Winterthur Museum, Delaware
Legacy of Henry Francis du Pont, American 1880-1969
Doll manufactured by Albert Bruckner’s Sons, NY, c. 1920’s, cotton and ink.
Exhibited at Winterthur in 2020/2021 in the wake of a commitment to increase research into and exhibition of African American history after the murder of George Floyd on May 25, 2020 in Minneapolis, MN
Winterthur’s explanatory note on this doll:
.…”this cloth doll was a child’s toy, flipped one way to represent a Black* female and the other way to show a white* girl.
“These ‘topsy-turvy’ dolls first appeared as home-made creations in the early 1800s but continue to be mass-produced and sold as problematic tourist items and collectibles to the present day.
“The meaning behind these dolls is highly debated. Were they playthings of oppression or objects of resistance?”
Six things differentiate the two sides of this doll.
The colour of their ‘skin’ is different;
the manner of their head scarves is different;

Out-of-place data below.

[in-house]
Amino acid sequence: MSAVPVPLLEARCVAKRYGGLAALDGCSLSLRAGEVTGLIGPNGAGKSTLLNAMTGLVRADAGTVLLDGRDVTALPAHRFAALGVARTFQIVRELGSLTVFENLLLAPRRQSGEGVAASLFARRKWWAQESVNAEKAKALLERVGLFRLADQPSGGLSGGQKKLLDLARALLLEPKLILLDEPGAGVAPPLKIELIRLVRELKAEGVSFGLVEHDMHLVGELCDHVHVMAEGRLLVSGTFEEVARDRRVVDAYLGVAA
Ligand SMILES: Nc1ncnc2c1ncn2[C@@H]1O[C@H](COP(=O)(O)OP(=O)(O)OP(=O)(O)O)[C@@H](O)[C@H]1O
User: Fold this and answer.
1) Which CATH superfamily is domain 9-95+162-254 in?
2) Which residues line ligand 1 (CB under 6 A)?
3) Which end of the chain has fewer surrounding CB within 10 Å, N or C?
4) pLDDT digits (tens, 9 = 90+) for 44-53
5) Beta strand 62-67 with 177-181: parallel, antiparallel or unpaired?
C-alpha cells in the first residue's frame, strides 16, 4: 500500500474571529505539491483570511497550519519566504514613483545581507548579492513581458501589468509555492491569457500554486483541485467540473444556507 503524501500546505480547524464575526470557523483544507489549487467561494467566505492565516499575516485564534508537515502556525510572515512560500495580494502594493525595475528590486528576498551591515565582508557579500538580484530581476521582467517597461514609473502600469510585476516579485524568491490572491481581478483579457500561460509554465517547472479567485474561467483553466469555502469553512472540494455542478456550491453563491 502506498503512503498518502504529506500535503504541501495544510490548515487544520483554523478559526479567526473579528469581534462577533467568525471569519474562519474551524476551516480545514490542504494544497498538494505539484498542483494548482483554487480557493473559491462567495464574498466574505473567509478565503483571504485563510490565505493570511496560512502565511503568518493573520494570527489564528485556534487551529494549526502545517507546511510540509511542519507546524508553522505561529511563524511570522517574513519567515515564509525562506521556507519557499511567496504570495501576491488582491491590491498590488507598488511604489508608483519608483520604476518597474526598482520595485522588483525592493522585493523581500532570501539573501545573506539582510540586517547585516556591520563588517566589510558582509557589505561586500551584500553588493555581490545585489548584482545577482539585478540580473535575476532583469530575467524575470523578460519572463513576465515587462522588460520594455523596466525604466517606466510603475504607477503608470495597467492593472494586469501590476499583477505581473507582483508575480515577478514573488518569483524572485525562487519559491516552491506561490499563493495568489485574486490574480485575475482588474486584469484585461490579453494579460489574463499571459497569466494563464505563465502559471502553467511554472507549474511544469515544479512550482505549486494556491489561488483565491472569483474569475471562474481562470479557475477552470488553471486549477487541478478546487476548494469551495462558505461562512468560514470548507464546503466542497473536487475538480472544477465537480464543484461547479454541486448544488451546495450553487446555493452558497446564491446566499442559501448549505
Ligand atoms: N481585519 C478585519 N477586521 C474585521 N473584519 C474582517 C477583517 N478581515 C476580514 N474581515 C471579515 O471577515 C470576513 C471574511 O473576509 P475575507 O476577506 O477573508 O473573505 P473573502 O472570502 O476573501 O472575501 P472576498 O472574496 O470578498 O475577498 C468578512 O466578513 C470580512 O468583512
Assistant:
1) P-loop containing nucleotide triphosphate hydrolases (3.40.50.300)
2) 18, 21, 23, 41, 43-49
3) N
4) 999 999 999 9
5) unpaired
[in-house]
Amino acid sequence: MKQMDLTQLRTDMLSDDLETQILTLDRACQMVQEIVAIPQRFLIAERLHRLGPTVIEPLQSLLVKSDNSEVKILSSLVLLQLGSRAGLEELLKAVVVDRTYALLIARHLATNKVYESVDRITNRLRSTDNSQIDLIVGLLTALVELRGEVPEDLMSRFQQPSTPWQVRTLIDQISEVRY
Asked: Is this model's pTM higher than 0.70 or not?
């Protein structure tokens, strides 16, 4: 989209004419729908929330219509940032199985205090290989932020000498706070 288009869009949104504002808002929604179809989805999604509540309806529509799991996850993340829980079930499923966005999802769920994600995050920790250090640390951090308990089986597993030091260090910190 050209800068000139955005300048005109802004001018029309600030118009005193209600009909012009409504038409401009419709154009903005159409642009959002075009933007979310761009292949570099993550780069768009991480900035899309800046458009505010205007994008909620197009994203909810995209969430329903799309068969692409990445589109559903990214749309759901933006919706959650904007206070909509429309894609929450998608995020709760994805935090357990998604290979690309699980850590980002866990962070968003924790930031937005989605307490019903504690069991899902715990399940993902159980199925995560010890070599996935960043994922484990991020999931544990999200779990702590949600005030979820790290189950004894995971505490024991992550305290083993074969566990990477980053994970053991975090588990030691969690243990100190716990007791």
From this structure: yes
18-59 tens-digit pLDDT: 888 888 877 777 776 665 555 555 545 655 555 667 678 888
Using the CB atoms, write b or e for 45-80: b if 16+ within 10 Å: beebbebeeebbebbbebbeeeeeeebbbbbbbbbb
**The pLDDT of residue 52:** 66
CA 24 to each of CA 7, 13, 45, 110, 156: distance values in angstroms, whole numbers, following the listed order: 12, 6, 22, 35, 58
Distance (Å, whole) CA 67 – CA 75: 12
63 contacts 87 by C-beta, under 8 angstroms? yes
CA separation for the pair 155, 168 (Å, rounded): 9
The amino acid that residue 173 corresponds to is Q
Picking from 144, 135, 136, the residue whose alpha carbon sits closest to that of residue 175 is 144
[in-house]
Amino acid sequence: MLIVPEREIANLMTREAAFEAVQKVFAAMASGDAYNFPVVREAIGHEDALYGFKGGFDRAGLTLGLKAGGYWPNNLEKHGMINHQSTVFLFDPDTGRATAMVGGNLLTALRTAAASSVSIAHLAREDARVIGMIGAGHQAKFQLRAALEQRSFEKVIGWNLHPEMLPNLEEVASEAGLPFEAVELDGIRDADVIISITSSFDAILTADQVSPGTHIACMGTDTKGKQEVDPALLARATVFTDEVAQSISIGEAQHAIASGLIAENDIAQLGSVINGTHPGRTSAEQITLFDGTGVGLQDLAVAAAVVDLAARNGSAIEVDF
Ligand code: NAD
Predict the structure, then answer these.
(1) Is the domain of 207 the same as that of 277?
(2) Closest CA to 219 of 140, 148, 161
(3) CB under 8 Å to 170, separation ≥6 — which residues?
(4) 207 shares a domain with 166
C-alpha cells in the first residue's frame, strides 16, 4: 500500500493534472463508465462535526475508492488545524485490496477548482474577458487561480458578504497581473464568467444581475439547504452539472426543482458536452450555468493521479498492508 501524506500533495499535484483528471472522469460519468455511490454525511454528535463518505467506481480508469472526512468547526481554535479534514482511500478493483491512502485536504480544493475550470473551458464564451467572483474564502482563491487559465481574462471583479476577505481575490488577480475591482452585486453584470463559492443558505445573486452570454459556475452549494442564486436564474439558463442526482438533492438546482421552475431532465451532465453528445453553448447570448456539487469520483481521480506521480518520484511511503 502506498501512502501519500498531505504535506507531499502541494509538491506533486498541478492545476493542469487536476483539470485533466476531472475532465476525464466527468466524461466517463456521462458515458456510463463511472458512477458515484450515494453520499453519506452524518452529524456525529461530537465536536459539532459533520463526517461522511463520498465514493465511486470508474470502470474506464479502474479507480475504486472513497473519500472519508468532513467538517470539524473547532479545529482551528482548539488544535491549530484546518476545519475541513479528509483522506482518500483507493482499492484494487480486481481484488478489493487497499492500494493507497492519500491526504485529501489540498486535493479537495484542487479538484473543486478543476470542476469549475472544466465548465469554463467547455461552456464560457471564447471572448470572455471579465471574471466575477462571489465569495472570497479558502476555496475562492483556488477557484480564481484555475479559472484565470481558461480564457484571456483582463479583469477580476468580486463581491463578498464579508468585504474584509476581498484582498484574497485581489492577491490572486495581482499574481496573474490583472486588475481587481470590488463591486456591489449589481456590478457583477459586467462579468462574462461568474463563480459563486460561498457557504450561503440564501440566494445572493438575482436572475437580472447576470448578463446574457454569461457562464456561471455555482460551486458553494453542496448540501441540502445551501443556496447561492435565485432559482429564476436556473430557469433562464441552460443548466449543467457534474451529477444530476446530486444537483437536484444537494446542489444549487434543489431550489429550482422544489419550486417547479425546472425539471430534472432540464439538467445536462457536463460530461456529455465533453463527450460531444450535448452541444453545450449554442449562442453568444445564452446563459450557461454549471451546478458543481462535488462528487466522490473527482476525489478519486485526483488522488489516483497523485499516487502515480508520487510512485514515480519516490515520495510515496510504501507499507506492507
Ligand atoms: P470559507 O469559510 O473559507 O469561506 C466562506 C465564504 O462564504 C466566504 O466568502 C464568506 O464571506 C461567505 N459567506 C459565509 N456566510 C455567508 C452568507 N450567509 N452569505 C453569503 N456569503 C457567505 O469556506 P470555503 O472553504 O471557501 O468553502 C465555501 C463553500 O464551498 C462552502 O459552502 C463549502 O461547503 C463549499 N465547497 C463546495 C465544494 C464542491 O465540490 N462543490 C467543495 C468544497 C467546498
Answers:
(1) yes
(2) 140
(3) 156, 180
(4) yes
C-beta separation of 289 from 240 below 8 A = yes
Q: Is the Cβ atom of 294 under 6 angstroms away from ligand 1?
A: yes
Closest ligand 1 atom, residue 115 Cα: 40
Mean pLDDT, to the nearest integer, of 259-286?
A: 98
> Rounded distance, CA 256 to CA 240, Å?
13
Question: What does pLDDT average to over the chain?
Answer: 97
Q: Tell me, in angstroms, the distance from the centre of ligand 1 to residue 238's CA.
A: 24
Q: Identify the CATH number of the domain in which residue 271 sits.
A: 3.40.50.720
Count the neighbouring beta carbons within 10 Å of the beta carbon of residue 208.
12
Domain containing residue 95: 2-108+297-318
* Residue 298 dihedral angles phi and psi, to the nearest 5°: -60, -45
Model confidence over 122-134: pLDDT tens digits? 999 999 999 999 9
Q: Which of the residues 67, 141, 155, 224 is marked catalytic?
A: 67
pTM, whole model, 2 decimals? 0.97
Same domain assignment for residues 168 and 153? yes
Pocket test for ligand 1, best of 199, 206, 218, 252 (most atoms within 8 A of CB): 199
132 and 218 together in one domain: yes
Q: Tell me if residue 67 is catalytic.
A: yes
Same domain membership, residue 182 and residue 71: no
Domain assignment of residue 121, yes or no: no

the pattern of their cloth dresses is different;
their shared skirt is made of the pattern of only one of their dresses;
their eyes are not the same colour.
The dolls are looking in different directions.
Nothing racially volatile here.
The doll was a toy when it was first made by people in their homes.
Manufactured on a commercial basis, the doll has been catapulted into the discussion about North American racism.
Playthings of oppression
Oppression, acrylic on canvas, 1984.
Luis Cruz Azaceta, born Havana, Cuba, 1942. Delaware Art Museum, Wilmington
Objects of resistance
Revolutionary, 1972, acrylic paint and mixed media on canvas.
Wadsworth Jarrell, American born 1971. On display at the Brooklyn Museum, NY in 2018/19
Topsy-turvy * even unto the (politically correct) capitalization of the B of Black but not the w of white.
Hijacked away from their straightforward dollness,
is the black doll rolling her eyes?
and the expression in the eyes of the white doll?
It is certainly not boundless joy at this hijack….